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General News of Thursday, 25 June 2020

Source: My News GH

Use NABCO salary as sanctions for not wearing face mask – Martin Kpebu tells govt

A private legal practitioner, Martin Kpebu, wants the government to use Nation Builders Corps (NABCO) salary as sanctions for not wearing a face mask.

According to him, the government should lessen the sanctions it has set for persons who fail to comply with the directive for the compulsory wearing of face mask in public as the current sanction regime is too harsh and must be reconsidered.

“I will prefer we use the NABCO salary as the benchmark, NABCO employees earn about GH¢750 a month so you can look at that. If you say the minimum sentence for not wearing the nose mask is GH¢12,000, it means that a NABCO employee will work the whole year and still not be able to pay. We should look at income levels and bring it down,” he said.

Executive Instrument (E.I. 164), which signed by President Akufo-Addo on June 15, 2020, as part of measures to curb the spread of the COVID -19, states, per Section 6 of Act 1012, that “a person who fails to comply with the restrictions imposed under the Executive Instrument issued under subsection 1 of Section 2 commits an offense and is liable on summary conviction to a fine of not less than 1,000 penalty unit (GH¢12,000) and not more than 5,000 penalty units (GH¢ 60,000) or to a term of imprisonment not less than four years and not more than 10 years or to both.”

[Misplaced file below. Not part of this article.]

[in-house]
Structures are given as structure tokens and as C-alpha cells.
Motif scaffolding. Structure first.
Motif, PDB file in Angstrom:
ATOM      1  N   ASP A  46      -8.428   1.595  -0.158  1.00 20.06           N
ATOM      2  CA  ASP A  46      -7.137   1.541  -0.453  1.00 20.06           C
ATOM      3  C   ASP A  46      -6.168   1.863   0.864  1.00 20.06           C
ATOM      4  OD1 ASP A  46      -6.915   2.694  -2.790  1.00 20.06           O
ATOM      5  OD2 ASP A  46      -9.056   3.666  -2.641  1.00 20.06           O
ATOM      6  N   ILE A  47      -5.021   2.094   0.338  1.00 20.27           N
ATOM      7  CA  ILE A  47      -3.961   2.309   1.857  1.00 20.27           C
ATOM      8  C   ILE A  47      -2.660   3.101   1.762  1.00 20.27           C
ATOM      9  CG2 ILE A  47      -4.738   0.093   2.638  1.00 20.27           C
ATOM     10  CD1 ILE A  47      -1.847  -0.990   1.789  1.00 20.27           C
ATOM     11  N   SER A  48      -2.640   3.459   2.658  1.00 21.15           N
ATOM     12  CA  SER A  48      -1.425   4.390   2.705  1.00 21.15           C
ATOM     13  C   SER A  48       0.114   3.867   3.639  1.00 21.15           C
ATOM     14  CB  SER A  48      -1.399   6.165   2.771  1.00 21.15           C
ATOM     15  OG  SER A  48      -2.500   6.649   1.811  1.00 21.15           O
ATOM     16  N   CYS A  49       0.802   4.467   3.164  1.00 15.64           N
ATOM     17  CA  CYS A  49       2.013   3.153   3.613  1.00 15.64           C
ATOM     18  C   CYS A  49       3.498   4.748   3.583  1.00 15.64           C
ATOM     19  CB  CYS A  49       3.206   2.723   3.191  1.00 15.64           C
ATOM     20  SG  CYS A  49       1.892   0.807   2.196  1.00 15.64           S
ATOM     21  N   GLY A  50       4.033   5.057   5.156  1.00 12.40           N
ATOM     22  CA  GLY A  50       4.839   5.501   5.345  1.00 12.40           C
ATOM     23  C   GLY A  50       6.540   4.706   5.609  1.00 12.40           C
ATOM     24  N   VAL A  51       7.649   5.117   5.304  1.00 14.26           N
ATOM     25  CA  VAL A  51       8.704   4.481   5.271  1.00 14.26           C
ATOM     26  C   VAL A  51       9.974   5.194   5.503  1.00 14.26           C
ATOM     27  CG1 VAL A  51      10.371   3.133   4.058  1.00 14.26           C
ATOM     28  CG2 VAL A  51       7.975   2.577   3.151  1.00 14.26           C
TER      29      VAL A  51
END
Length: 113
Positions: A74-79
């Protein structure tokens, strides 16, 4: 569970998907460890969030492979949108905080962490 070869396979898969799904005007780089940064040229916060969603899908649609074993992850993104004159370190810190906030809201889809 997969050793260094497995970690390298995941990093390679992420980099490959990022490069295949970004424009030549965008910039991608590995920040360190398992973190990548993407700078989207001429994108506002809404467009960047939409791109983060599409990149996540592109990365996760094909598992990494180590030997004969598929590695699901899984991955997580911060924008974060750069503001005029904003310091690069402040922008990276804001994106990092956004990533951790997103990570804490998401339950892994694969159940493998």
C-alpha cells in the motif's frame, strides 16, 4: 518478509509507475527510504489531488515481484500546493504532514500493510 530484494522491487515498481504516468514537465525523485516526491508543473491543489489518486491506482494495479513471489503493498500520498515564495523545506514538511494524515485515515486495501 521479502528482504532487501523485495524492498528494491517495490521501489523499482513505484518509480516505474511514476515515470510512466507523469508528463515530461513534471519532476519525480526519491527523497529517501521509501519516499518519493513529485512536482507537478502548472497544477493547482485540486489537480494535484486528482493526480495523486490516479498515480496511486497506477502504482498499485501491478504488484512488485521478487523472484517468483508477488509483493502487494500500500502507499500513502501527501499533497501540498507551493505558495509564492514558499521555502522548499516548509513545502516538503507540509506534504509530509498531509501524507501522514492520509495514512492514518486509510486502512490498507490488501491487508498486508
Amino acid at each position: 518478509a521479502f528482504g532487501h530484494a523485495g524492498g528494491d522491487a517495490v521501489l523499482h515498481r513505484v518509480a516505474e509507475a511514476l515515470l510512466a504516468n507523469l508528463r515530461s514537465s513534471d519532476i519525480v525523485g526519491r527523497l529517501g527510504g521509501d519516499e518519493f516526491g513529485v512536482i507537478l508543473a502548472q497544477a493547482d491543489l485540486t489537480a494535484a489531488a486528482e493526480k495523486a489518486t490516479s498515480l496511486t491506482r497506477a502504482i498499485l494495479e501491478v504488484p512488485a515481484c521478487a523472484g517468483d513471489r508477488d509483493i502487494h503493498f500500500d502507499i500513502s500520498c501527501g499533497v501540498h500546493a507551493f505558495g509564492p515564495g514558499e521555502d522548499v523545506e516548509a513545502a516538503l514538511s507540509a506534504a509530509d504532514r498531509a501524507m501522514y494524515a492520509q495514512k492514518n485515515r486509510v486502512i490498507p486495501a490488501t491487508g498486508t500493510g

But according to Martin Kpebu, the amount should be reduced to a rate commensurate with Ghana’s economic status.

“It is rather draconian so we are calling on the president to look at the sanction regime too. If you compare, at least from the little internet search I have done, across the world you see some countries charge $200, elsewhere $50, $100, £1000 pounds in the UK and so on. Those are smaller sums of monies as compared to what Ghana has.”

Speaking on Eyewitness News monitored by MyNewsGh.com, noted the challenge of drivers being guilty of not wearing a mask even if they are alone in their cars under the relevant Executive Instrument.

“It is rather draconian so we are calling on the president to look at the sanction regime too. If you compare, at least from the little internet search I have done, across the world you see some countries charge $200, elsewhere $50, $100, £1000 pounds in the UK and so on. Those are smaller sums of monies as compared to what Ghana has,” he added.

Martin Kpebu also argued that given the level of sanctions some advanced countries are meting out to errant citizens with regards to flouting such COVID-19 directives, Ghana’s sanctions appear to be high-handed.

At a press briefing on Tuesday morning, the Information Minister, Kojo Oppong Nkrumah, argued that “if the sanctions are not deterring enough, we will not get the level of compulsion we are looking for.”

But on the issue of drivers alone in their cars being sanctioned for not wearing face masks, the government has assured that Ghana Police Service will issue new directives on the matter.

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